Career & Education

7 letters to use in your job search

Career Advisor

Carolyn Marie Smith

Sunday, July 30, 2017

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Dear Readers:

Recognising the significance effective written communication plays in career entry and advancement, we feel it will be instructive to dedicate this article to looking at the seven basic types of job search letters that you are likely to write during your career.

We will begin by making the distinction between the prospecting and the application letter.

 

1. Application Letter

This letter is used to respond to a specific job advertisement or announcement of vacancy. Its purpose is to get your résumé read and generate interviews. The previous two articles outlined how this letter should be structured.

 

2. Prospecting letter

The purpose of this letter is to prospect for possible vacancies, get your résumé read, and generate interviews. Target specific individuals in the organisation. Structure this letter similarly to the application letter, but, instead of using specific position information, focus on broader occupational and/or functional areas and describe how your qualifications match the work environment.

 

3. Networking Letter

This letter is designed to generate information interviews; not job interviews. It allows you to meet individuals who can give you specific information about your intended career. Your purpose for wanting to meet with a contact person must be genuine and sincere, and the meeting should not be seen as a shortcut to employment. Normally, a résumé is not attached to a networking letter. State your purpose without pressuring the reader.

 

4. Thank-you Letter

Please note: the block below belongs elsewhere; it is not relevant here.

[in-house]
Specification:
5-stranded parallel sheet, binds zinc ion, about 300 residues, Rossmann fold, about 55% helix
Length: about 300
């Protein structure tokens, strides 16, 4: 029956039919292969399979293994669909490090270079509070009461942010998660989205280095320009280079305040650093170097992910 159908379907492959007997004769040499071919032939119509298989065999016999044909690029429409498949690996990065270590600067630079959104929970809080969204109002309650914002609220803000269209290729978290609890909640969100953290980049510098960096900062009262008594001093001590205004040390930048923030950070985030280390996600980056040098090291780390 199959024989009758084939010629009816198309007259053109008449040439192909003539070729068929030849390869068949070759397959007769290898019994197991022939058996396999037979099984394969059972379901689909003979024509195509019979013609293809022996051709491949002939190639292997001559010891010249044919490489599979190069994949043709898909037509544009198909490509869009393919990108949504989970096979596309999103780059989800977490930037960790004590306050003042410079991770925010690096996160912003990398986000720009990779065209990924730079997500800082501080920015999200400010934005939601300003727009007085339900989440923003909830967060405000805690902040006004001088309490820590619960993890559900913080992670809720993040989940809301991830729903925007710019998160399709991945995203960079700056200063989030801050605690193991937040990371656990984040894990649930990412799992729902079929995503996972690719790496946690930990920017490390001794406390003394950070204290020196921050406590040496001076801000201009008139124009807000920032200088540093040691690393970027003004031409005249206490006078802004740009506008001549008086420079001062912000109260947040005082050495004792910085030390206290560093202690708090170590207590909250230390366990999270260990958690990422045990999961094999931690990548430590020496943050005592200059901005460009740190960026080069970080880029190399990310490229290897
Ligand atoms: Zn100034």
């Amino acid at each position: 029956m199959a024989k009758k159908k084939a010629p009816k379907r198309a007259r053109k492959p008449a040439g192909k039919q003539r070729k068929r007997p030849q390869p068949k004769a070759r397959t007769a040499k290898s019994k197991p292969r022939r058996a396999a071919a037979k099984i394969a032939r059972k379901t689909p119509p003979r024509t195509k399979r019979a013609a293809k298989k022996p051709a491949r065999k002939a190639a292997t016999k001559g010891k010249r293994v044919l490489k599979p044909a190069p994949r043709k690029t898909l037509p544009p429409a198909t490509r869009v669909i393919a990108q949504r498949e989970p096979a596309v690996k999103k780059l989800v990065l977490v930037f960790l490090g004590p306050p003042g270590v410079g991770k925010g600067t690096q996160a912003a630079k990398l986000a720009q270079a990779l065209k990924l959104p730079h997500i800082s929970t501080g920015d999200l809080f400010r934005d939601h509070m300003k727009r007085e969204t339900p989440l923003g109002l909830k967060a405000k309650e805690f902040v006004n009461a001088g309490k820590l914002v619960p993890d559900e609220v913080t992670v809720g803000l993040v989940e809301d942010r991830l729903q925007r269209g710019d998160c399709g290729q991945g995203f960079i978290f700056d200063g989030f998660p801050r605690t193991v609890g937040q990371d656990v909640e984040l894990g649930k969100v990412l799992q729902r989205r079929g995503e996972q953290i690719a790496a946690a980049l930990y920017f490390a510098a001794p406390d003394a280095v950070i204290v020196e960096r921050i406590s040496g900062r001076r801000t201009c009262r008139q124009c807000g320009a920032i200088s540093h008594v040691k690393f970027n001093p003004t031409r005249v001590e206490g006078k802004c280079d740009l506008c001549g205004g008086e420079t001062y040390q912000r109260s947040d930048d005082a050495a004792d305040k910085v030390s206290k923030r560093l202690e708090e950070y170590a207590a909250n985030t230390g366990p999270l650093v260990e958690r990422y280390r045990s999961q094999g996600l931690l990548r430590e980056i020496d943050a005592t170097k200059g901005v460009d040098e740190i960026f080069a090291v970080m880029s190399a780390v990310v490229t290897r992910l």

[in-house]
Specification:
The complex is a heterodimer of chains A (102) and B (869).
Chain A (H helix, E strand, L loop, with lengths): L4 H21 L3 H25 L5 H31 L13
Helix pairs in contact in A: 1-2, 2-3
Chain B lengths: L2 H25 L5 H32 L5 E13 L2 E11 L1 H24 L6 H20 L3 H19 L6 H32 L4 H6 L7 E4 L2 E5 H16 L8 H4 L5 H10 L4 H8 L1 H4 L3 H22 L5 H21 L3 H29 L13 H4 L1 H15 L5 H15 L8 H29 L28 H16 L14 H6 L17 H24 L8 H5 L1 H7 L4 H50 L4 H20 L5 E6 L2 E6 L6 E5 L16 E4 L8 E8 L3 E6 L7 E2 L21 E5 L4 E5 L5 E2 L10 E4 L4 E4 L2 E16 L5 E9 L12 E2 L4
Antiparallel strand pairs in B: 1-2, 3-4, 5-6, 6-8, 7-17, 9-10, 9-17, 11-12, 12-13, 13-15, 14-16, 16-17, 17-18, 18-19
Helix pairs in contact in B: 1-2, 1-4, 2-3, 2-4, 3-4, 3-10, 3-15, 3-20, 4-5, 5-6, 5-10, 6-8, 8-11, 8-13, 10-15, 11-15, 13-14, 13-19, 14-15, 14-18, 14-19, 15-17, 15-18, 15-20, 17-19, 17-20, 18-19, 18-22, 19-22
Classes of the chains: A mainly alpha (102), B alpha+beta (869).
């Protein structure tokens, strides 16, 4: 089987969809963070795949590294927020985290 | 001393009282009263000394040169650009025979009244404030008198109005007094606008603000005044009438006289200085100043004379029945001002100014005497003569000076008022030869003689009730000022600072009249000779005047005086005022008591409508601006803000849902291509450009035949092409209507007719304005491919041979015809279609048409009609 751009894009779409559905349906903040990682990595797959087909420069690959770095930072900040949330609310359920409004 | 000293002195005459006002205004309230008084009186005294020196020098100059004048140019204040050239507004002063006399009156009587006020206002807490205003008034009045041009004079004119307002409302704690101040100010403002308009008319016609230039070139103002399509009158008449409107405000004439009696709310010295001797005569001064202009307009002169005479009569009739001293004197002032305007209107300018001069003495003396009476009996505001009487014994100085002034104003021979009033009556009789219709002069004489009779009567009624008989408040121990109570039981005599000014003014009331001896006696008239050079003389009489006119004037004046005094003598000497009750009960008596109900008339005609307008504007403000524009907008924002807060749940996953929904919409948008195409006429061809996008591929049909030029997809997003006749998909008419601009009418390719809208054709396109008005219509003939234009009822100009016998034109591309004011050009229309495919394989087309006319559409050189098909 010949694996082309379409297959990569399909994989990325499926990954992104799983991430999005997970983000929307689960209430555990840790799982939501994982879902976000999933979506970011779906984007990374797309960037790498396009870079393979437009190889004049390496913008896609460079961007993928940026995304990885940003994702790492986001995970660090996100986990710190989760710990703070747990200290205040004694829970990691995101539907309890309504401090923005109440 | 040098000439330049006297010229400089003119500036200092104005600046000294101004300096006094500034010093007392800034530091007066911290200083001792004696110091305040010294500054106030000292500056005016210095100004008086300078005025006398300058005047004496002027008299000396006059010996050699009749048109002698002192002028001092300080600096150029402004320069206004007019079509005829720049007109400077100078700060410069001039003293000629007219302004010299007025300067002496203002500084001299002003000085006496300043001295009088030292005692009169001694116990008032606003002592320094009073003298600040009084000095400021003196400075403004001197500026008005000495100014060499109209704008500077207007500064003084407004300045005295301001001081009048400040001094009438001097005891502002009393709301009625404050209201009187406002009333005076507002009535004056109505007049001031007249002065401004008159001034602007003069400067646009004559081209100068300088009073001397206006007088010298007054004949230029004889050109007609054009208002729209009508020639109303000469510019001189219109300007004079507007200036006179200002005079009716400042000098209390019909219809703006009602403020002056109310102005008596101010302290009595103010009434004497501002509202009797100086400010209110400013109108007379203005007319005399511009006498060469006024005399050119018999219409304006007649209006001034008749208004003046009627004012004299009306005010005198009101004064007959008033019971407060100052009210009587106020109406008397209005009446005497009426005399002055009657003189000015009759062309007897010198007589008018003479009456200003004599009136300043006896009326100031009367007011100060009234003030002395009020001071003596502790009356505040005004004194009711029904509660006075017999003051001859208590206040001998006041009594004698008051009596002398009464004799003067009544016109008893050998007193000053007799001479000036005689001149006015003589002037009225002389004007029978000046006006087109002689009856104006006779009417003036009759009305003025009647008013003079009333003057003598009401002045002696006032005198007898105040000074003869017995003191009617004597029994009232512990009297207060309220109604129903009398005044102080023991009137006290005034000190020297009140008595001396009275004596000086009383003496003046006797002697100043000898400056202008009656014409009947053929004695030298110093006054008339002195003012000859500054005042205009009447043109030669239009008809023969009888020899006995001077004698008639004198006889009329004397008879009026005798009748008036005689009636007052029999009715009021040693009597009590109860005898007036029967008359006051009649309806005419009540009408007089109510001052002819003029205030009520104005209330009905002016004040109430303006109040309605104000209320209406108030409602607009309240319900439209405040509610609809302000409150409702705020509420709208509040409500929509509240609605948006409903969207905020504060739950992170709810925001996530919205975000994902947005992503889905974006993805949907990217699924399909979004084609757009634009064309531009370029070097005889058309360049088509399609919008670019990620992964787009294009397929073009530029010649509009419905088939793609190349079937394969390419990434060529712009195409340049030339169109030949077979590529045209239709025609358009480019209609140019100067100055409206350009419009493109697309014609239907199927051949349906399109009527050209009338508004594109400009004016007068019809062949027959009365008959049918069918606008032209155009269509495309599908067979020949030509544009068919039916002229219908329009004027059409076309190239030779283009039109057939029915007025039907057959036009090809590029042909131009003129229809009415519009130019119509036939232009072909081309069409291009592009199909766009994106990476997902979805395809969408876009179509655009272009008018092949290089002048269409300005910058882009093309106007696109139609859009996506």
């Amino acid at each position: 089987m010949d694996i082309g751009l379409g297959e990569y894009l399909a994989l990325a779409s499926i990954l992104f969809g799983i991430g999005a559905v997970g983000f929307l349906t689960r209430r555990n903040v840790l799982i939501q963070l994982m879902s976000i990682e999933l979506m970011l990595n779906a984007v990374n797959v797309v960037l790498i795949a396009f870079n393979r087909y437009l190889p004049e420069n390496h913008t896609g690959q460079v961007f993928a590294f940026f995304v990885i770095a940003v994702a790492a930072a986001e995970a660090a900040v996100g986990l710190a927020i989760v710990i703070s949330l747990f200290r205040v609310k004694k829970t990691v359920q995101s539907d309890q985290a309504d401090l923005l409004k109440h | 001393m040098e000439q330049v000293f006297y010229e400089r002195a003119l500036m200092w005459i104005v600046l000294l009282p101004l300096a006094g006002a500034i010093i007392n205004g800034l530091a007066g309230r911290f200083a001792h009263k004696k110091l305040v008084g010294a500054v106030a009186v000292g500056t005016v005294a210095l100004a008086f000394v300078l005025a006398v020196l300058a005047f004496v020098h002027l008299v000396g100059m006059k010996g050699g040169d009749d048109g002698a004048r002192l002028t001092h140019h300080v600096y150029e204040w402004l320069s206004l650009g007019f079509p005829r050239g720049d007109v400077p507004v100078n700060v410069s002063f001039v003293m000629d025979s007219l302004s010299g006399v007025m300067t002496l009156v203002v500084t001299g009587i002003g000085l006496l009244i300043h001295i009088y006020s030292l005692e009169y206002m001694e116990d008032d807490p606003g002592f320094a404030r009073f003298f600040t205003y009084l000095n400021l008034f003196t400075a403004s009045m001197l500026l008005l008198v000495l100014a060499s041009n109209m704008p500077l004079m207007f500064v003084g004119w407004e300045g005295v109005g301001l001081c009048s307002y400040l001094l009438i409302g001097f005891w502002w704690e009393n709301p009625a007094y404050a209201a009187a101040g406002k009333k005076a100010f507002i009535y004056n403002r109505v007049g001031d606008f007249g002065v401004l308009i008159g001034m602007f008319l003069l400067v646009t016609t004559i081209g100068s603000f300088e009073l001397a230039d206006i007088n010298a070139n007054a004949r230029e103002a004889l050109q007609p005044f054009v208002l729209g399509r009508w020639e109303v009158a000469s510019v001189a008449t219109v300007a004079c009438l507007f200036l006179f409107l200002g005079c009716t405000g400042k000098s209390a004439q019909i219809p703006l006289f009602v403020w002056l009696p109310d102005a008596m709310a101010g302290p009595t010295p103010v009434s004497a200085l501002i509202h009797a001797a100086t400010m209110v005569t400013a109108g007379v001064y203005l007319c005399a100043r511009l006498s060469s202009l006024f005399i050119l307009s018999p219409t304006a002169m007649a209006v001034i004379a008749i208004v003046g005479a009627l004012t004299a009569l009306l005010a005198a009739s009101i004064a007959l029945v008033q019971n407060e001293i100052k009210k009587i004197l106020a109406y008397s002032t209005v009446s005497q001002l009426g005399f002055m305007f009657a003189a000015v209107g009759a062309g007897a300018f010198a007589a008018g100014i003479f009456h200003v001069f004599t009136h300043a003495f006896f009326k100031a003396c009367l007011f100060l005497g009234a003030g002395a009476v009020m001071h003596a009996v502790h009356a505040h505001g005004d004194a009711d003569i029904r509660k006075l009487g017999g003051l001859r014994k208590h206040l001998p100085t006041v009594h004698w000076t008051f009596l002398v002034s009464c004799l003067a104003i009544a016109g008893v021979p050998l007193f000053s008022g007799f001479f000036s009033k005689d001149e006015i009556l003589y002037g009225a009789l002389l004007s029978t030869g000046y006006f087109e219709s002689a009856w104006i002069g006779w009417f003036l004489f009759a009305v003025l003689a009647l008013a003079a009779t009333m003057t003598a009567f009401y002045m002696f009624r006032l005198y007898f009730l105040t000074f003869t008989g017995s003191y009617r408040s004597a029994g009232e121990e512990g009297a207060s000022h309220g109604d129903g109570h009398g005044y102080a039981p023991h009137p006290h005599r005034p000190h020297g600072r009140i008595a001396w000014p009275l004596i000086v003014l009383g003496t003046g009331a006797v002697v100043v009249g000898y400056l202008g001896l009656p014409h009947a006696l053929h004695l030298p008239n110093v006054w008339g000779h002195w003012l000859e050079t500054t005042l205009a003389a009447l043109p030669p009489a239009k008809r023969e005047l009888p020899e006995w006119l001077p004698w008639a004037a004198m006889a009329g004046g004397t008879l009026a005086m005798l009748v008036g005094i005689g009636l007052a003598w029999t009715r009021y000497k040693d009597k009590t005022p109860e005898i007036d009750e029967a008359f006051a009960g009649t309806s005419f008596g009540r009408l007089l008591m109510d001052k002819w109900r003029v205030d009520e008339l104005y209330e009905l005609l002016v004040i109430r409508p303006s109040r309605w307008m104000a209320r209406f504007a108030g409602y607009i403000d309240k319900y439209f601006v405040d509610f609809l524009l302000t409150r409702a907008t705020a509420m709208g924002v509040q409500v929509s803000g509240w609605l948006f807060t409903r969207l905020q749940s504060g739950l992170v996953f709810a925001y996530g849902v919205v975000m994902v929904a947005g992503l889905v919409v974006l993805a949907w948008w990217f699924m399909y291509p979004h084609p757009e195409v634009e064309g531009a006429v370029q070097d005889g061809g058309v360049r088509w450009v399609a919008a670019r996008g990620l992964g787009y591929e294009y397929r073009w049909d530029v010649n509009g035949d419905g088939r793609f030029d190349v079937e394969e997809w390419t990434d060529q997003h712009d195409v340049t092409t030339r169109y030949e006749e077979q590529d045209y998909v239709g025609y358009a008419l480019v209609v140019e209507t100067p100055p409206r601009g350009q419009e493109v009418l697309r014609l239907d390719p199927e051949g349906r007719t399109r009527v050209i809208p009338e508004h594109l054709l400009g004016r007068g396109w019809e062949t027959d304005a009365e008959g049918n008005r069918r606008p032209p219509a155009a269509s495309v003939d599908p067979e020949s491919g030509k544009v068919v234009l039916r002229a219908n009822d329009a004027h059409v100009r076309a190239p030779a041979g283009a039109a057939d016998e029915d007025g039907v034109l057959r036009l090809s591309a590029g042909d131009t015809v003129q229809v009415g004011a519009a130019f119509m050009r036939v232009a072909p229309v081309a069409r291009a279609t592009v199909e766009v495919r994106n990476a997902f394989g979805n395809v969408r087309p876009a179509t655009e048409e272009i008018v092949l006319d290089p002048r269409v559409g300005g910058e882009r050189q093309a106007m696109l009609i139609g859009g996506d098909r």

This is one of the most important, yet least used, tools in a job search. Appropriately used, it allows for the establishment of goodwill, the expression of appreciation, and strengthens your candidacy. It is good practice to send one within 24 hours following a job or informational interview. Express your sincere appreciation and draw attention to the good match between your specific skills and the job requirements. Reiterate your interest.

 

5. Acceptance Letter

Use this letter to accept a job offer, to confirm the terms of your employment (salary, starting date etc), and to positively reinforce the employer's decision to hire you. Confirm, accept, and reaffirm your employment decision. Express your appreciation for the opportunity.

6. Rejection Letter

Rejecting an employment offer should be done thoughtfully. Indicate that you have carefully considered the offer and have decided not to accept it. Be sure to thank the employer for the offer and for considering you as a candidate. In rejecting an offer, demonstrate your professionalism.

 

7. Withdrawal Letter

Once you accept a position, you have an ethical obligation to inform all other potential employers of your decision and to withdraw your employment application from consideration. Your withdrawal letter should express appreciation for the employer's consideration and courtesy. It may be appropriate to state that your decision to go with another organisation was because you felt it was a better person-job fit for this stage of your career. Do NOT say that you obtained a better job!

Final tip: Be sure to sign printed copies of your letters before you dispatch them and keep copies of them, including those sent electronically.

We trust you will find these guidelines useful.

Sincerely,

Career Advisor

 

Carolyn Marie Smith is associate vice-president of student services at Northern Caribbean University in Mandeville, Manchester. Submit your questions to her at careeradvisor@ncu.edu.jm.

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